For the sixth year in a row, we present “The Year in U.S. Occupational Health & Safety,” our attempt to document the year’s highs and lows as well as the challenges ahead.
Reporters investigate the deaths of five workers at Tampa Electric; OSHA removes worker fatality information from its home page; more workers sue Fraser Shipyards for hazardous lead exposures; and the Secret Service runs out of money to pay its agents.
The feds grant billions in contracts to shipbuilders with serious worker safety lapses; Texas lawmakers want to undo an Austin initiative that protects construction workers; Chevron agrees to highest fine in Cal/OSHA history after refinery fire; and Democrats hope to ban a dangerous pesticide after EPA fails to act.
With so many threats to public health arising each month, it can be hard to catch all of them. The Union of Concerned Scientists has performed a tremendous service by producing the report Sidelining Science from Day One: How the Trump Administration Has Harmed Public Health and Safety in Its First Six Months.
California work fatalities and injuries on the rise while millions of dollars of enforcement resources are “left sitting on the table”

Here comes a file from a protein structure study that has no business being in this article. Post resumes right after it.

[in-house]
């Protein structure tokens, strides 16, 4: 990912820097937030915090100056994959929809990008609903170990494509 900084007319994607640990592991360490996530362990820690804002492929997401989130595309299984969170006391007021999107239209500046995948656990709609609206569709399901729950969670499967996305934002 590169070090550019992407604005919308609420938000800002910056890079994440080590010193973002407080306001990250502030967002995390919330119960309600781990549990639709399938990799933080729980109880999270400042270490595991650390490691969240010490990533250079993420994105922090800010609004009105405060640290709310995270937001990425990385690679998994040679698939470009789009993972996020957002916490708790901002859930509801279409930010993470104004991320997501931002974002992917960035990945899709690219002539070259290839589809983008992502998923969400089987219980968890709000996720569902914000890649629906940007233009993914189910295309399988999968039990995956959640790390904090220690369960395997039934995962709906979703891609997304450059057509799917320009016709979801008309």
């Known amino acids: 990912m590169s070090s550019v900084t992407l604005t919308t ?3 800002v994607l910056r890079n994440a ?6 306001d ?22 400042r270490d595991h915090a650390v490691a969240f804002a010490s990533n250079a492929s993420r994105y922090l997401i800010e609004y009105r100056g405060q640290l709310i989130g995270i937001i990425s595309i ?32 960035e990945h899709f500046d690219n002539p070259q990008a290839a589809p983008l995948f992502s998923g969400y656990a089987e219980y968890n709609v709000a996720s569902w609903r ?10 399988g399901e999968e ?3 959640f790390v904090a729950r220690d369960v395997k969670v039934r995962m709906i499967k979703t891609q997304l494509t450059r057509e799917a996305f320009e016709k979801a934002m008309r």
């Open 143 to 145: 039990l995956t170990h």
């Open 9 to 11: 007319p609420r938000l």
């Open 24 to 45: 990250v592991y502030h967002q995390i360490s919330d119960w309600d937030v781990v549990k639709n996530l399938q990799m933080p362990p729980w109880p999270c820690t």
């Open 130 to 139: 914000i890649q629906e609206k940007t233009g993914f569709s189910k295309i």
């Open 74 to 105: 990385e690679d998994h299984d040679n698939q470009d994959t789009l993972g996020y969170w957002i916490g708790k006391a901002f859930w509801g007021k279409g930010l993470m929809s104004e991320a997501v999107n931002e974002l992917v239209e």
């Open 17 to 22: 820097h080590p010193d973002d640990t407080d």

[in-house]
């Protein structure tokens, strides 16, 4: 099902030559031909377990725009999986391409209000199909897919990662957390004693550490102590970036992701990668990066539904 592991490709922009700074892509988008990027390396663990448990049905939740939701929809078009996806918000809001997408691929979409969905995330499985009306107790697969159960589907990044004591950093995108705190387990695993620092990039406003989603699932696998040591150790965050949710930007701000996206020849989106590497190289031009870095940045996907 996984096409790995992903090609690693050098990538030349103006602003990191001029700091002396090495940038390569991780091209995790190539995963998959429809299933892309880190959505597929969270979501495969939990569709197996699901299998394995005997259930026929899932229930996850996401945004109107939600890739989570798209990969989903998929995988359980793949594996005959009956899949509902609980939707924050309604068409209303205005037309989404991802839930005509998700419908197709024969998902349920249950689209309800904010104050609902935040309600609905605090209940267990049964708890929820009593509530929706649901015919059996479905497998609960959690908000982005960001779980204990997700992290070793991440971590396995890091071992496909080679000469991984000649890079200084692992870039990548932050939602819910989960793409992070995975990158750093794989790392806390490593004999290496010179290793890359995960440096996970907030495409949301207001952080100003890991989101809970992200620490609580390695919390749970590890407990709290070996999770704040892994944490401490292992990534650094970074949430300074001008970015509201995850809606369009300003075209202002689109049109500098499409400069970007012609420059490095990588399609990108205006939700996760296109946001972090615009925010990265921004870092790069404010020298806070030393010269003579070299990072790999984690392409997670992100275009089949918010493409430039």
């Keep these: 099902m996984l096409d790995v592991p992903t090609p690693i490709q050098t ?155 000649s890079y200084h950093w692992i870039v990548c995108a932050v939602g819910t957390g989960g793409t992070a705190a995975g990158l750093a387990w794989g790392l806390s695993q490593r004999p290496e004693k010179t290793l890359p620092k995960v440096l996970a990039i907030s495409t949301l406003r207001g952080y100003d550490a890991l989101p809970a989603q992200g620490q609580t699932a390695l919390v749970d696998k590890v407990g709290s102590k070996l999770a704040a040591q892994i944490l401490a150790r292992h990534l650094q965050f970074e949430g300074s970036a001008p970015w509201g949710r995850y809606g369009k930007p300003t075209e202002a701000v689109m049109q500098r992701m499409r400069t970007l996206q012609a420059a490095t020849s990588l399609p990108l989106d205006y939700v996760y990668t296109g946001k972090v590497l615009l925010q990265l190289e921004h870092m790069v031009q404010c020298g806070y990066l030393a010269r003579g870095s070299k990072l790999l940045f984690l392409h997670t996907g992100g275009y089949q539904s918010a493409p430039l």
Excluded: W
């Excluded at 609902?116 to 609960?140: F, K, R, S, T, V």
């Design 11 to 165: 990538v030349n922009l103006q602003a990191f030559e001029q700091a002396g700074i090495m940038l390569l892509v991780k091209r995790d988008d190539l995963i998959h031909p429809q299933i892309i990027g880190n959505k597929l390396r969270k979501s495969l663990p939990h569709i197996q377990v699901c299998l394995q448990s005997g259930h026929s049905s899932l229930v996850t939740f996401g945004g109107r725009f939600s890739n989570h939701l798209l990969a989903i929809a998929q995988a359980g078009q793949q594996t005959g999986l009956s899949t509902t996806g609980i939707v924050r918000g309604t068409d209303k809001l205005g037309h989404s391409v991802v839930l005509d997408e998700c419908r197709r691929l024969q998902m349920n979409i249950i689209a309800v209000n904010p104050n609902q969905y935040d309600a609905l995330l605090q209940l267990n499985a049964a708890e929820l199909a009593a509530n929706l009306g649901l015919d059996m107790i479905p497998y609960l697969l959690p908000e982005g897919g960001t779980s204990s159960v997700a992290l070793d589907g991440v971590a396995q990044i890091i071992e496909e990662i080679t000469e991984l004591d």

Dozens of safety inspector positions in California are vacant while workplace fatalities and injuries in the state are on the rise. Cal/OSHA has had an average of 34 vacant field enforcement positions a month since July 2015, which means that more than $10 million in state-authorized funding was left unused.
I explain five reasons why I'm not shocked by the epidemic of black lung cases among U.S. miners.
DJ Meyer died when the trench he was working in collapsed around him. OSHA has proposed a $712,000 penalty against the company. When these incidents occur, what excuses does OSHA hear from the employers?
The first six months of the Trump administration nine coal miners have been fatally injured on the job. That's one more than all of 2016.
Tesla's investment in solar, auto, and battery technology is helping in the transition from fossil fuels to sustainable energy sources. The question is whether the firm will accomplish it on the high road of labor rights and worker safety.
A Georgia congressman thinks poultry plants should be able to increase line speeds to 175 birds per minute. That was a bad idea from Obama’s USDA. It was nixed, but now it’s resurrected.